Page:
Dam fails in Puerto Rico, 70,000 told to evacuate

Friday, September 22, 2017

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SAN JUAN, Puerto Rico (AFP) — Some 70,000 people were ordered to evacuate their homes Friday after a rain-swollen dam in Puerto Rico failed in the latest disaster caused by Hurricane Maria.

With the death toll from the storm at 33 across the Caribbean, the National Weather Service office in San Juan issued a flash flood warning for people living along the Guajataca River in the northwest of the island and said the 1920s dam was about to collapsing altogether.

"All Areas surrounding the Guajataca River should evacuate NOW. Their lives are in DANGER!," the service said in a tweet. Flooding has already begun downstream, it said.

Shortly thereafter, Governor Ricardo Rossello issued an order for some 70,000 people living in the area to get out.

Puerto Rico was already battling dangerous floods after Hurricane Maria ravaged the island early Wednesday. Rescuers raced against time to reach trapped residents.

Rossello has called Maria the most devastating storm in a century after it destroyed the US territory's electricity and telecommunications infrastructure.

Rossello told CNN the island is lacking communications and the preliminary assessment at this point is 13 fatalities.

"Right now our efforts are to make sure we have everybody safe, that we can rescue people. Our efforts have already produced almost 700 rescues so we're clearly focused on that."

The National Hurricane Centre said some areas in Puerto Rico could see 40 inches (more than a metre) of rain from Maria, and Rossello warned of dangerous mudslides brought on by the deluge. "We have a lot of flooding; we have reports of complete devastation of vulnerable housing. Of course it's still raining over here."

Maria has been blamed for at least 33 deaths, including 15 in Dominica, three in Haiti and two in Guadeloupe.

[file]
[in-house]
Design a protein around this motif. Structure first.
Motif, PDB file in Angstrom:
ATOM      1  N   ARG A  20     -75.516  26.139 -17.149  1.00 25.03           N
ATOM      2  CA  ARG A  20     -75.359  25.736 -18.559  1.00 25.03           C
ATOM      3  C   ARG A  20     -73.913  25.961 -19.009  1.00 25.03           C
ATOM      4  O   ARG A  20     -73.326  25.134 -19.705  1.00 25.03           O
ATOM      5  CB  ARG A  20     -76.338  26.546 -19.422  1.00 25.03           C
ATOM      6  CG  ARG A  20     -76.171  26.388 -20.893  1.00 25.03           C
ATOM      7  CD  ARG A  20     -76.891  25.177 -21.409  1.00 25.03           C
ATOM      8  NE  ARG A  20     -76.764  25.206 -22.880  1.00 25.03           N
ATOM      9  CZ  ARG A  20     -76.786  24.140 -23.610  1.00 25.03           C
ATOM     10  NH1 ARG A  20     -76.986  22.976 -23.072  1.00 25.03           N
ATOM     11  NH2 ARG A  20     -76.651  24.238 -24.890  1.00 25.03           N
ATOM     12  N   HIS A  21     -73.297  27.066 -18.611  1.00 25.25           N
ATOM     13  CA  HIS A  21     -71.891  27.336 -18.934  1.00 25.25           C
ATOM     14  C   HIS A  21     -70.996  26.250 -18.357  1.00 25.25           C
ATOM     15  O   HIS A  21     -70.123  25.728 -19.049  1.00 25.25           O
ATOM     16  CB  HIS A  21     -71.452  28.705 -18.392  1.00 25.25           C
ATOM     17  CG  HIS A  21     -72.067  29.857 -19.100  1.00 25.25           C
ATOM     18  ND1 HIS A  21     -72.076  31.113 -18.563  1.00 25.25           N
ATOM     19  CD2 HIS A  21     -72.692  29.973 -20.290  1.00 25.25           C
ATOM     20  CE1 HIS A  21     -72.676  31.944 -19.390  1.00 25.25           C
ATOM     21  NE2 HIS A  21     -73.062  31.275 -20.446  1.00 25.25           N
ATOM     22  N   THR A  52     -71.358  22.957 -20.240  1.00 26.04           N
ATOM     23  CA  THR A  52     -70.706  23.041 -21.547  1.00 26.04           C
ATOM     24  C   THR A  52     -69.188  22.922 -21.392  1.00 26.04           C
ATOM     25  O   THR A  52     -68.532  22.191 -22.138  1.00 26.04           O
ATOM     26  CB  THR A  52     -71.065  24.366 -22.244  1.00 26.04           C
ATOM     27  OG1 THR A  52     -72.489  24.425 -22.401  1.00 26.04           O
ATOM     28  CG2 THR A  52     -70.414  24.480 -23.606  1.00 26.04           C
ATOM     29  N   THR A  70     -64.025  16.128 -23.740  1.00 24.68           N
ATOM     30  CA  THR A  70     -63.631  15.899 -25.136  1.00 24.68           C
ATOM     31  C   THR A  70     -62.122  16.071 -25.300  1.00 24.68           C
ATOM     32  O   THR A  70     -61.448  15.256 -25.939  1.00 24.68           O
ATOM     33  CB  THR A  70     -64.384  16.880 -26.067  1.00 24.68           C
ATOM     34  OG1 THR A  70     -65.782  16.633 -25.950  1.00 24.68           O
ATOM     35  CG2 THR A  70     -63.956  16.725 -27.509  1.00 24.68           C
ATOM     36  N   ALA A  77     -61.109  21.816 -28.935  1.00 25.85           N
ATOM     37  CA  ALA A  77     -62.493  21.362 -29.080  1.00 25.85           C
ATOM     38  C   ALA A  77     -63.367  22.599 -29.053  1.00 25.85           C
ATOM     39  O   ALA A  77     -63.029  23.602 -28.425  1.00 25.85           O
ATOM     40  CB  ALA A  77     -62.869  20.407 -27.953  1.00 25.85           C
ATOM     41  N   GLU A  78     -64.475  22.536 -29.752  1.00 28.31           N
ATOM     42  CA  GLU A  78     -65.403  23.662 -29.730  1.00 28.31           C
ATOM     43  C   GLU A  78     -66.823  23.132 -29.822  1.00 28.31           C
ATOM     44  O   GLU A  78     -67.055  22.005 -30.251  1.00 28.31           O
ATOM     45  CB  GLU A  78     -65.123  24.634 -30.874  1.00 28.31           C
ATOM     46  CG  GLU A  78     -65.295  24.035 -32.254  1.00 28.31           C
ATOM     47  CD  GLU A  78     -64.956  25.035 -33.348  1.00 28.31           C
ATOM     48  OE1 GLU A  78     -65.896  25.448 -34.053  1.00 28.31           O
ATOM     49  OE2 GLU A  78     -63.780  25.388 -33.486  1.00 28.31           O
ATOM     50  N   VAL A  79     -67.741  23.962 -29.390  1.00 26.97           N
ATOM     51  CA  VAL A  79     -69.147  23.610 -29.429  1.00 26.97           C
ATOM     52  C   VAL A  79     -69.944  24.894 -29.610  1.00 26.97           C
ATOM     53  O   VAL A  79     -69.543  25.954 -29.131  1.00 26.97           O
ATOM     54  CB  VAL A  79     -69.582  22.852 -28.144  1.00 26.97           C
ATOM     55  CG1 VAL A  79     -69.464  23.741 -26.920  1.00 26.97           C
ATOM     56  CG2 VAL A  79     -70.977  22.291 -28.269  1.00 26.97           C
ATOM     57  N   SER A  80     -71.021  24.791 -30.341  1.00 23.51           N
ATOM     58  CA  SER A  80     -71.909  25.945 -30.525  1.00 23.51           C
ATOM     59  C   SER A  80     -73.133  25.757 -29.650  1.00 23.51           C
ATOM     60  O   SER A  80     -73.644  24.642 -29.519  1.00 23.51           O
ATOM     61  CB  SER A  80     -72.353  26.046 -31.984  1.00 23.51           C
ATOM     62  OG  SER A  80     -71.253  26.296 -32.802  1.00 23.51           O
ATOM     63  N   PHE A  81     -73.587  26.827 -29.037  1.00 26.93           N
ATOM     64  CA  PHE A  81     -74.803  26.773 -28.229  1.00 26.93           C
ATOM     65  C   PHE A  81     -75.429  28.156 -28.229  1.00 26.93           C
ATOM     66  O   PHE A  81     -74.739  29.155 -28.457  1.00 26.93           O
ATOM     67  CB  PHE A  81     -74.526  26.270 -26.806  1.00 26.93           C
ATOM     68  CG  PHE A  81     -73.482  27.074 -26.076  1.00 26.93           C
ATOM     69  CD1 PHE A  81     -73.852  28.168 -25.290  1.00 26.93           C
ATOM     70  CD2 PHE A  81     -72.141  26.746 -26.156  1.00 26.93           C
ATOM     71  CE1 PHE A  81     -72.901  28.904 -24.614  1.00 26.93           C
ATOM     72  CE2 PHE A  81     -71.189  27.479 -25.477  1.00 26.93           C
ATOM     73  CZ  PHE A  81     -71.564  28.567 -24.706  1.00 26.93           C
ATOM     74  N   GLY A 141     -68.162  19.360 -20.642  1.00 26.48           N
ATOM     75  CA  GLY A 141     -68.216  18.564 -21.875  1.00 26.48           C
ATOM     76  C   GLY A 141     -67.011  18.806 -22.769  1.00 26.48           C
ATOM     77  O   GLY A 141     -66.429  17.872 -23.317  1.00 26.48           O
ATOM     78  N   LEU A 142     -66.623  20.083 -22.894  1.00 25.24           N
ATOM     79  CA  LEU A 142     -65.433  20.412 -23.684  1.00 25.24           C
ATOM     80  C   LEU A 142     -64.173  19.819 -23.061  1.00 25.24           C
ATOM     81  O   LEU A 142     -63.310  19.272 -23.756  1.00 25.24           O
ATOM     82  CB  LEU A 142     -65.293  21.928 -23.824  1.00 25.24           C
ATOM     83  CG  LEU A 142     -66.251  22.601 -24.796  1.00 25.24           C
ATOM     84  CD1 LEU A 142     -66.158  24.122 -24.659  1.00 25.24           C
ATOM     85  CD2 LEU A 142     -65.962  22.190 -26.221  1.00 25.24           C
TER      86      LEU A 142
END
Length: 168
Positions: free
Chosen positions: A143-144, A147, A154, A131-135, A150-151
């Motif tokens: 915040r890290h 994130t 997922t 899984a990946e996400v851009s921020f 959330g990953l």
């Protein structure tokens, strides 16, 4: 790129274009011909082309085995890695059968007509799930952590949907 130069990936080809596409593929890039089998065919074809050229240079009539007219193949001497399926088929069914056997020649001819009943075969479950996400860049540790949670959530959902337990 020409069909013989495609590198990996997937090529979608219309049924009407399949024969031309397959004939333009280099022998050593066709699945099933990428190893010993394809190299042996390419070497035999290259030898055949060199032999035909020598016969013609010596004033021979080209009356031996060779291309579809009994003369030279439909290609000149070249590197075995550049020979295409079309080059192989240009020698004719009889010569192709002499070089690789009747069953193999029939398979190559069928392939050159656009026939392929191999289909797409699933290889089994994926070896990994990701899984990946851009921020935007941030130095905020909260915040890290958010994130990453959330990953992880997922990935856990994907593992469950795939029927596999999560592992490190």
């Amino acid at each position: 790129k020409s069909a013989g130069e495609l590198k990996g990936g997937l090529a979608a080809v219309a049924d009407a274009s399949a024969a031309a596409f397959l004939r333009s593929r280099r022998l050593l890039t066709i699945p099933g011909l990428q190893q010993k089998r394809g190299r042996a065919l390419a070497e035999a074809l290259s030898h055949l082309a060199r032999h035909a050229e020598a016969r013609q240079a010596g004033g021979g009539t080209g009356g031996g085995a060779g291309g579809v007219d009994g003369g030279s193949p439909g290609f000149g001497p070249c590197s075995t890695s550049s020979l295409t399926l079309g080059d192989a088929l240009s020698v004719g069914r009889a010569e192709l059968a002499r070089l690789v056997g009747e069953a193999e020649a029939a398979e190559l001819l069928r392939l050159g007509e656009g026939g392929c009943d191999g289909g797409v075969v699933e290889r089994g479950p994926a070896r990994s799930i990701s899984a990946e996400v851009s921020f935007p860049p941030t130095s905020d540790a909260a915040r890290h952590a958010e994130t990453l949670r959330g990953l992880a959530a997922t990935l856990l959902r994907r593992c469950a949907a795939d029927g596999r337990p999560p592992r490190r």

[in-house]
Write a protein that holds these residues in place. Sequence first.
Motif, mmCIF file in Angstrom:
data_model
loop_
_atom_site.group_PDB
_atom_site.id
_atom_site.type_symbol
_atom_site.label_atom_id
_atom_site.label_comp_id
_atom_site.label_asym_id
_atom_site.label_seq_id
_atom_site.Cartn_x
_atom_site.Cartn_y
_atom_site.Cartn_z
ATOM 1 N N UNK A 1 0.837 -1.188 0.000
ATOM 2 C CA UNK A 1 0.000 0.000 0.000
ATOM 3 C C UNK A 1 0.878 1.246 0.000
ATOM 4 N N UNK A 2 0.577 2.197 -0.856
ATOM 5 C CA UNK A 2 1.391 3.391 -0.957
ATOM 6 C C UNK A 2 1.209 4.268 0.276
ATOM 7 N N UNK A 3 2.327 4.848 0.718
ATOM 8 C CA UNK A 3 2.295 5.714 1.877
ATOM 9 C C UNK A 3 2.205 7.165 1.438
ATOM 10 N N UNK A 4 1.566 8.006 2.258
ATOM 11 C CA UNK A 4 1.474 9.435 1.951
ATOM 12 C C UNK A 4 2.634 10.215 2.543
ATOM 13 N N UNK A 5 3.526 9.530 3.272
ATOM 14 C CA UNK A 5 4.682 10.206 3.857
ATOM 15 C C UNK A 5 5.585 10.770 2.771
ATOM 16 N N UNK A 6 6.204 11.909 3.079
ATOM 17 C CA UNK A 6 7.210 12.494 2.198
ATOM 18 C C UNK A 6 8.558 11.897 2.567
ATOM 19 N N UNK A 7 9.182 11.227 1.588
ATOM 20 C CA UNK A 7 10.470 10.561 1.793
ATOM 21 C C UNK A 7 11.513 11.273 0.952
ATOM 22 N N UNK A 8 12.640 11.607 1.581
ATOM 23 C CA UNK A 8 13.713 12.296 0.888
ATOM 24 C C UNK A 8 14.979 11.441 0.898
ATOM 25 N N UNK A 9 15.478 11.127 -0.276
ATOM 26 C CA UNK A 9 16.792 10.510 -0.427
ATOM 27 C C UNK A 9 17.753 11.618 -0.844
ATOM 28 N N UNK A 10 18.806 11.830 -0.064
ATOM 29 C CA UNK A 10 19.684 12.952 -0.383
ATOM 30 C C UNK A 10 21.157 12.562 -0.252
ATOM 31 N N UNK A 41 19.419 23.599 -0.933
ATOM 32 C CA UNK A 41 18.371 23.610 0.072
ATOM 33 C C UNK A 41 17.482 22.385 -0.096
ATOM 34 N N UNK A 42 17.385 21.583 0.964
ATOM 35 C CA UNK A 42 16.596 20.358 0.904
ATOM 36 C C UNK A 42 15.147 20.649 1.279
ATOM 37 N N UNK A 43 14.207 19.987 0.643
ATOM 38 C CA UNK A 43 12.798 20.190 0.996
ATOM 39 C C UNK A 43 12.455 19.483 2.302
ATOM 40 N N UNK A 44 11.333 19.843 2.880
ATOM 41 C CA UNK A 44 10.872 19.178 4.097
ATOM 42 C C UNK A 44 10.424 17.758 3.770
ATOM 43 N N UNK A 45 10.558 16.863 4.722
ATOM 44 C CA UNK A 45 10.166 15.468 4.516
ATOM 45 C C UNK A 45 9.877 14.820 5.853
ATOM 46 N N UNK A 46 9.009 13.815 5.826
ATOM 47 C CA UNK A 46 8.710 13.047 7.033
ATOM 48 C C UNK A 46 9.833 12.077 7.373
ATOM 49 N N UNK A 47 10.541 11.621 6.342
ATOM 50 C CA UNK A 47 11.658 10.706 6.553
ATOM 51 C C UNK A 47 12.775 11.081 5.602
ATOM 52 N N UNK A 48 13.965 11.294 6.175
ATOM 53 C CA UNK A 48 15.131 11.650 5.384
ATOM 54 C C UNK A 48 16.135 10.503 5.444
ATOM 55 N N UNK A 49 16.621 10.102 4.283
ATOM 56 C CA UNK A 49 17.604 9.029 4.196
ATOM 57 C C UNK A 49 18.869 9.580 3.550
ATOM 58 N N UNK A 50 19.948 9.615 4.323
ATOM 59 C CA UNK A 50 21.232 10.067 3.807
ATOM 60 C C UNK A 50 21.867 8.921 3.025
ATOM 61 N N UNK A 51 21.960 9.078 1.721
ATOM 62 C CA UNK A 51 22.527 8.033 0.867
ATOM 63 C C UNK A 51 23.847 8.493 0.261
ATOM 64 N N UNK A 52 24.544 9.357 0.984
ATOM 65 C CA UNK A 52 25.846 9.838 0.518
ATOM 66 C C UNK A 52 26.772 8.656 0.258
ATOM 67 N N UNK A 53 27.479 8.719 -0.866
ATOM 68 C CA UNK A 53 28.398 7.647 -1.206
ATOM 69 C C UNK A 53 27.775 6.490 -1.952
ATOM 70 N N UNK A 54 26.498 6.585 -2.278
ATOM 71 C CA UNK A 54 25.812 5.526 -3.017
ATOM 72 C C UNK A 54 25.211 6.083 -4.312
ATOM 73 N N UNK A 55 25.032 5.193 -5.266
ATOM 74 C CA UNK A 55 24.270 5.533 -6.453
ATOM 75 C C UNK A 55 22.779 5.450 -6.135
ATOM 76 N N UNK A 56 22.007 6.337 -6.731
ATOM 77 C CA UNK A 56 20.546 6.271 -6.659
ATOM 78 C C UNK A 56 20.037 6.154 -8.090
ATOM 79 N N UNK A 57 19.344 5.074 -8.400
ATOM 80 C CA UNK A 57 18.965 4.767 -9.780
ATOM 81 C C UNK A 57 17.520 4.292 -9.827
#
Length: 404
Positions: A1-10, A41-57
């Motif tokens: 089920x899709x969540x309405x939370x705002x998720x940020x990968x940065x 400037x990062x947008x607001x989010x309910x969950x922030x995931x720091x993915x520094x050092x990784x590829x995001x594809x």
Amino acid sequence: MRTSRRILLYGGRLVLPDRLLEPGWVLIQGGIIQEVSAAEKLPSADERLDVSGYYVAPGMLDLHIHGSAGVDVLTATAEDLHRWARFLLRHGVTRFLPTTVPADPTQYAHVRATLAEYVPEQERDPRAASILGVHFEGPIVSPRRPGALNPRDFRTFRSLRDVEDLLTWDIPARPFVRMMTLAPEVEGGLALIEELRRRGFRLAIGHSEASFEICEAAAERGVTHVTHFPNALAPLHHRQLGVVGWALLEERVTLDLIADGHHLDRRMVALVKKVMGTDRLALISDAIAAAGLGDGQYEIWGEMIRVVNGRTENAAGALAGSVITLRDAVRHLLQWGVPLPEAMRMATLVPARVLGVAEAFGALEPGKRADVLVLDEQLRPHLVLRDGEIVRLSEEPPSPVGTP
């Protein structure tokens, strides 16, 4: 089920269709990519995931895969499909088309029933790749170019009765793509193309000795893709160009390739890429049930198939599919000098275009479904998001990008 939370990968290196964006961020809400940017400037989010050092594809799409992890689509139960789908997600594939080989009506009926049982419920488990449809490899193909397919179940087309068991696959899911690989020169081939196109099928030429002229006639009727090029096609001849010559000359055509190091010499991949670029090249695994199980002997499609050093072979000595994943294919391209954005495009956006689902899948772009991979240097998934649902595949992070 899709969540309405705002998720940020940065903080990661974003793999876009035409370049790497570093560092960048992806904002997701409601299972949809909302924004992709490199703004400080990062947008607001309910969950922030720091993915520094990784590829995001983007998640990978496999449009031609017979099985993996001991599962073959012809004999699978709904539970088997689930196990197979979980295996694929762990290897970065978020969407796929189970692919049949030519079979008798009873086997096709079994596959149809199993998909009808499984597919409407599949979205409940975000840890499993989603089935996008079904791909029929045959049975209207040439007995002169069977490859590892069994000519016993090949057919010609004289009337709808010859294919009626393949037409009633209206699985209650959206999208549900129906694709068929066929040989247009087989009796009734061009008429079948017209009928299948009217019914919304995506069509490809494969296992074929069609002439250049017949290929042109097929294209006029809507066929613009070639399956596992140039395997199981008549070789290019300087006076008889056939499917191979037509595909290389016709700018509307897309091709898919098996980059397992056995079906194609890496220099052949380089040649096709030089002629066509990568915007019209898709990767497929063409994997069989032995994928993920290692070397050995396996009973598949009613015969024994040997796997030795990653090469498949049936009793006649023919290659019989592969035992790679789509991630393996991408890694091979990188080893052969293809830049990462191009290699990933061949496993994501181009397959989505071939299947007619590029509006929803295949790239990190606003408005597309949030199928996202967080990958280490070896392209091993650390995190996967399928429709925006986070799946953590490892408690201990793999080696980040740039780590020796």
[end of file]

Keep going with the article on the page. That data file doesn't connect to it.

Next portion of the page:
After lamenting that Puerto Rico had been "absolutely obliterated" by Maria, US President Donald Trump spoke with Governor Rossello Thursday night and promised to speed up relief efforts.

Although the southeast coast suffered the worst damage, no part of the island escaped the storm's wrath, including the capital San Juan where there was widespread flooding.

The city's mayor, Carmen Yulin Cruz, said the biggest need was getting emergency medication and supplies to vulnerable people who are stranded in their homes.

"Yesterday we were canvassing and we found elderly people that don't have blood pressure medicine, food," she said.

"I got an SOS from (an elderly home) and it was a text like from a horror movie. It said if anybody can hear us, please, we are stuck here and we can't get out and we have no power and we have very little water left. We got there just in time."

The torrential rain had turned some roads into muddy brown rivers, impassable to all but the largest of vehicles.

Toppled trees, street signs and power cables were strewn across roads that were also littered with debris.

Puerto Rico's electricity network has been crippled by the storm and engineers say it could take months for power to be fully restored.

The local electricity board has promised that their priority will be to restore power to hospitals, water treatment plants and pumping stations.

Brock Long, who heads the US federal government's emergency management agency FEMA, said that ships carrying millions of meals and bottled water were trying to dock as the island's ports are slowly reopened.

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